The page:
funkatron3000
Jun 17, 2005

Better Living Through Chemistry

It feels odd posting woodworking stuff in a cast iron cooking thread, but I hope y'all will forgive me. I finished up the paddle that I'm going to use for that big 30 gallon cast iron cauldron I posted a couple pages back. It didn't take much more work than just cutting out a rough paddle shape from a board, but I think the extra effort looks pretty great.

This is the glued up rough form from maple and walnut. The maple looked like it would have some nice figure to it. The growth rings are all oriented parallel to the stirring direction for maximum strength.




Post rough shaping on the band saw.




Then a whole lot of sanding and a food safe beeswax and mineral oil finish that I make to use on cutting boards.




The fabricated stand for the cauldron is still a work in progress.

funkatron3000 fucked around with this message at Mar 30, 2015 around 00:33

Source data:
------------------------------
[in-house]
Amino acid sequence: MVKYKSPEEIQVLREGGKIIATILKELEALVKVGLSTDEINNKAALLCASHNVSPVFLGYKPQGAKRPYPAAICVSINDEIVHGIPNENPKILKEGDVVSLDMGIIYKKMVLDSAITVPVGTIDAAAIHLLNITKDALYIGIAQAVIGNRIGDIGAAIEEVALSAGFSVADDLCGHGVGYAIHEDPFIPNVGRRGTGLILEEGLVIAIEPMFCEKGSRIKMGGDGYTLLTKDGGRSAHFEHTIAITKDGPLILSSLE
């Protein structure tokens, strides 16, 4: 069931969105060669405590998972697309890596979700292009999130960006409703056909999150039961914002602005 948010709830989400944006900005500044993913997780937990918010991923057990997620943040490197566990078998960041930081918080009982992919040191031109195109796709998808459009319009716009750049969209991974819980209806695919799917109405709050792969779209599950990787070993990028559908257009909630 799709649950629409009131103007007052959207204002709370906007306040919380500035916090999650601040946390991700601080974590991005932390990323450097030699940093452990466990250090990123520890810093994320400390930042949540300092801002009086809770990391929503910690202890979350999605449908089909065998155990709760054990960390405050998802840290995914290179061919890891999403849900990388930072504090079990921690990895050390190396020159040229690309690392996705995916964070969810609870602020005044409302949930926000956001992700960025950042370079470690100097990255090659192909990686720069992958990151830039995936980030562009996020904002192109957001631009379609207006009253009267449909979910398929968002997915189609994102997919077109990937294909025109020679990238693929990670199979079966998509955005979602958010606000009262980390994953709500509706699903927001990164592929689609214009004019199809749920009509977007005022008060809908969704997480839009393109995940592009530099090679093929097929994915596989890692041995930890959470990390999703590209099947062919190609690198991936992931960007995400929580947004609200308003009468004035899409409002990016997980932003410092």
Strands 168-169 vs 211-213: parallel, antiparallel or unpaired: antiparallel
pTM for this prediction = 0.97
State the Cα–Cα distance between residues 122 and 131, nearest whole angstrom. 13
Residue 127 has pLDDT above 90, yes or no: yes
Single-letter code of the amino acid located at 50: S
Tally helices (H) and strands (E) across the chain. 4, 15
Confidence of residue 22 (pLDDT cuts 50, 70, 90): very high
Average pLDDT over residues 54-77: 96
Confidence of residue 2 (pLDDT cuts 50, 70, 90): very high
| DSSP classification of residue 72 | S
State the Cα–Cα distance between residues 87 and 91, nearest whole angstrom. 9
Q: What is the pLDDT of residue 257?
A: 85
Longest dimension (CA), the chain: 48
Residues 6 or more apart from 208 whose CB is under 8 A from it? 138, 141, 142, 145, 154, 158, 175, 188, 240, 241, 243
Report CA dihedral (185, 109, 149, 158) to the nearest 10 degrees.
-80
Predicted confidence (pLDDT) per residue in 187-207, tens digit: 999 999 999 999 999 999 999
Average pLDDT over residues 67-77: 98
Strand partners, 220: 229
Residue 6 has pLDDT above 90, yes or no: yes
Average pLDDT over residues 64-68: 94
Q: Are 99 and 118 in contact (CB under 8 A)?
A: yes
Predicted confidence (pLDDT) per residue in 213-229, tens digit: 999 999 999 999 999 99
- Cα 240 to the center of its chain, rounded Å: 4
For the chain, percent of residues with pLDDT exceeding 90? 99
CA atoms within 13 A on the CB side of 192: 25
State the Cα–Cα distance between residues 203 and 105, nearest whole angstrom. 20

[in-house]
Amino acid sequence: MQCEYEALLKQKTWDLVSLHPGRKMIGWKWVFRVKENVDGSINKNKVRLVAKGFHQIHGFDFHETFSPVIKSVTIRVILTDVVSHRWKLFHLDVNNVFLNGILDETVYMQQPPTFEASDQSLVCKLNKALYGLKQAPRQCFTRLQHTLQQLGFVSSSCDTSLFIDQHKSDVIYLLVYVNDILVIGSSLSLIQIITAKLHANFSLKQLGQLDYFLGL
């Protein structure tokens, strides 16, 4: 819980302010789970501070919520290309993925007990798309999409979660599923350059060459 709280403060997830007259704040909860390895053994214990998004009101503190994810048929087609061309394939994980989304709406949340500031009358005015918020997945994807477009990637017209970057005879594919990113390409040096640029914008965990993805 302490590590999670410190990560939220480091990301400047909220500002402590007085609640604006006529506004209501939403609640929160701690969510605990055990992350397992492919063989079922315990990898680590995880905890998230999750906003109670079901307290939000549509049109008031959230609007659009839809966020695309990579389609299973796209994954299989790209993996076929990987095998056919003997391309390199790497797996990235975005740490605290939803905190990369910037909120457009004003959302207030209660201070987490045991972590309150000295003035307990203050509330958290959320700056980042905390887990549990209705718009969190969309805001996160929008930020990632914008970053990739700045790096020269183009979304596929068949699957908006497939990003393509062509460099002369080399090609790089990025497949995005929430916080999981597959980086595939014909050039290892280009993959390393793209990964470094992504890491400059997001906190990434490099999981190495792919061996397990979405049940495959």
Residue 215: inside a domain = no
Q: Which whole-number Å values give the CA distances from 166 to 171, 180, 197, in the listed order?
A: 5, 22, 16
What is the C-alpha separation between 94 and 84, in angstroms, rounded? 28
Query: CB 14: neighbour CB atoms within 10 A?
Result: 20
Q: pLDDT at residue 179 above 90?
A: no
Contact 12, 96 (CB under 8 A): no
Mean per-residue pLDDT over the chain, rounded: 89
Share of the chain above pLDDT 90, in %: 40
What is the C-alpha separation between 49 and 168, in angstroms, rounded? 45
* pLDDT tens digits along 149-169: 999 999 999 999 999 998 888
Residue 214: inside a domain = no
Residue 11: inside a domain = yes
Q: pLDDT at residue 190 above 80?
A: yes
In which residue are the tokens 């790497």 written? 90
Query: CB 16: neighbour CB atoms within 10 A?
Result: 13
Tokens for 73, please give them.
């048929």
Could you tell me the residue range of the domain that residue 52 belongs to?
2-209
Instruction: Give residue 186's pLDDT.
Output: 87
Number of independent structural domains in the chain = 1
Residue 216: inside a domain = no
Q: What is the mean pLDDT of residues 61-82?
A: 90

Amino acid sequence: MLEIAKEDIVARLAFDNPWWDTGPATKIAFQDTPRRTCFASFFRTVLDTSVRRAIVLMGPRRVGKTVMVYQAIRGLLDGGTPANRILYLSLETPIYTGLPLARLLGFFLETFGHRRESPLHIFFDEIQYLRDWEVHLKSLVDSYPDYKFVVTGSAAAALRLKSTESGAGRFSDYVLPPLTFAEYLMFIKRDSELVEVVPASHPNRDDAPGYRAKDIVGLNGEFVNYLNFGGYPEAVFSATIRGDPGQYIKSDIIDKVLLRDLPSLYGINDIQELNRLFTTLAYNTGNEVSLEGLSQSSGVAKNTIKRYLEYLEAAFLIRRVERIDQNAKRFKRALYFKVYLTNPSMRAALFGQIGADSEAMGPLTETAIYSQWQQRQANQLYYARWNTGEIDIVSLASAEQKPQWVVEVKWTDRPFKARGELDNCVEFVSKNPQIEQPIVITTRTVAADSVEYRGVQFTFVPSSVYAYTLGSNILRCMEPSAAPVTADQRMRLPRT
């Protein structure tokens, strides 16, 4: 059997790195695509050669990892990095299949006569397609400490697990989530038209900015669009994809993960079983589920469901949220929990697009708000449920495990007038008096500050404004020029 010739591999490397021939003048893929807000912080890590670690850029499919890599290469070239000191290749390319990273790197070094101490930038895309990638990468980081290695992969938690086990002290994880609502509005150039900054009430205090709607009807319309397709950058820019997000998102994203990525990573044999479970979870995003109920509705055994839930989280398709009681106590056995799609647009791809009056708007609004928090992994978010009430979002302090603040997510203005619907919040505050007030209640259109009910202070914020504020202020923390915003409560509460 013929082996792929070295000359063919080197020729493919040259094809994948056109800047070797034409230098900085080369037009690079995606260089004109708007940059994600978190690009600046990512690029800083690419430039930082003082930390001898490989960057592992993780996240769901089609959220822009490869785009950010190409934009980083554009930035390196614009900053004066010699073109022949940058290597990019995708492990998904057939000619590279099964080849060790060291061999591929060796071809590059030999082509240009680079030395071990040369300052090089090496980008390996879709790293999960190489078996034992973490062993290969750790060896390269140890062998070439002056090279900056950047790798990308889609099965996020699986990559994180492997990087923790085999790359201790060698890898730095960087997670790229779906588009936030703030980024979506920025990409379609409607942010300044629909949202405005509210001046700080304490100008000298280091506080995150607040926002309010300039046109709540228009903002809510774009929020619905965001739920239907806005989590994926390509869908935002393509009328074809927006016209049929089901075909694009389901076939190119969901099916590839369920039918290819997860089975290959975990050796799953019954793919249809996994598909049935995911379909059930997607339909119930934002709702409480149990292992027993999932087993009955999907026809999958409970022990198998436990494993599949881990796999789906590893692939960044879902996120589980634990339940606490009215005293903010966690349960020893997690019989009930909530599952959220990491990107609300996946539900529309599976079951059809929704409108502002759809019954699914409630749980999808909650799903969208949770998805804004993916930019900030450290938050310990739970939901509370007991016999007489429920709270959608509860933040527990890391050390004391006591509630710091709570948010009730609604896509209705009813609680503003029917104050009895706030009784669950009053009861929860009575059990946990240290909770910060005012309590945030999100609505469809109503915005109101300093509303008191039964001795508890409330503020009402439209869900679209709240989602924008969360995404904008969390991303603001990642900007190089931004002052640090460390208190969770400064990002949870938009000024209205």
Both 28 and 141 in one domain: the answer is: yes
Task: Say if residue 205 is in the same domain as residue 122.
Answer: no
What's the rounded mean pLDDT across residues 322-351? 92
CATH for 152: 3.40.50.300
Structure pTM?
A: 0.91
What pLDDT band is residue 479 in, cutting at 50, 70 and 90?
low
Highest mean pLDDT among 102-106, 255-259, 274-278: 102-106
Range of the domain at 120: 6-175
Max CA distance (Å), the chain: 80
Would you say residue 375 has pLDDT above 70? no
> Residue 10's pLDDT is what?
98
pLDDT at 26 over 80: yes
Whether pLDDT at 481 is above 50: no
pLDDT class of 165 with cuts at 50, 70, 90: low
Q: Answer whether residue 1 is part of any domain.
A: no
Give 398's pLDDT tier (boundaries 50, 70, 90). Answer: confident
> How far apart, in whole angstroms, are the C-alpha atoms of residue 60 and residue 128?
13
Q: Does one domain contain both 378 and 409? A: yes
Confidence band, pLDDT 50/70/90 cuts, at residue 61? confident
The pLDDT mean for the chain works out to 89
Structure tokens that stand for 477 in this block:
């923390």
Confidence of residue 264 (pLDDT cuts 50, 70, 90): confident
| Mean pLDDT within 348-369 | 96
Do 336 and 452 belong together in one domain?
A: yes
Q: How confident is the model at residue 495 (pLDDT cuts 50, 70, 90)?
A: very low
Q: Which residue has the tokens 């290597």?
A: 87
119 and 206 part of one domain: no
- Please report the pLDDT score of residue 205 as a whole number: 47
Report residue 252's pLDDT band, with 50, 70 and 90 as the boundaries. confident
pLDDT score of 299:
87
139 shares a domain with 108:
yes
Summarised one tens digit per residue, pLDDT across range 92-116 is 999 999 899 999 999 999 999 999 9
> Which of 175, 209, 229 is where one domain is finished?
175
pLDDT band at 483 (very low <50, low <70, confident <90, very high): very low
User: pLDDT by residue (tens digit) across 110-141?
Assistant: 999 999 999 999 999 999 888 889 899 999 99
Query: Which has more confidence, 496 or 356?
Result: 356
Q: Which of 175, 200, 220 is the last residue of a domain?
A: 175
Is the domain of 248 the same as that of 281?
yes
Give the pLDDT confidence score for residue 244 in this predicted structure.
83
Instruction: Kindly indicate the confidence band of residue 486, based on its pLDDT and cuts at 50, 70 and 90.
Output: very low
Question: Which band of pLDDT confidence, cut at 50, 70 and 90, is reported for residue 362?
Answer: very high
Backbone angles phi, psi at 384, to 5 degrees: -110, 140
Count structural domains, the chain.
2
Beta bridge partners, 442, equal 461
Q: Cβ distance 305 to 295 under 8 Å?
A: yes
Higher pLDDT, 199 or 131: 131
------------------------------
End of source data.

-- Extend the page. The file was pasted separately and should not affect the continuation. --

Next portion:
Nettle Soup
Jan 30, 2010

Oh, and Jones was there too.


College Slice

Looking good! Wouldn't the glue/wood have issues spending a lot of time submerged in hot liquid?

*knows nothing about wood or glue*

funkatron3000
Jun 17, 2005

Better Living Through Chemistry

Nah, should be fine, at least I hope so. I used titebond 2, which is the food safe one that you use for cutting boards. If anyone knows for sure that it's a terrible idea, let me know heh.

The wax finish will also melt a bit in hot liquid, so I only used enough to soak into the wood. There's basically none on the surface.

Bob Saget IRL
Oct 24, 2014



All I know is that looks awesome, and hope it stays together.

Biscuit Joiner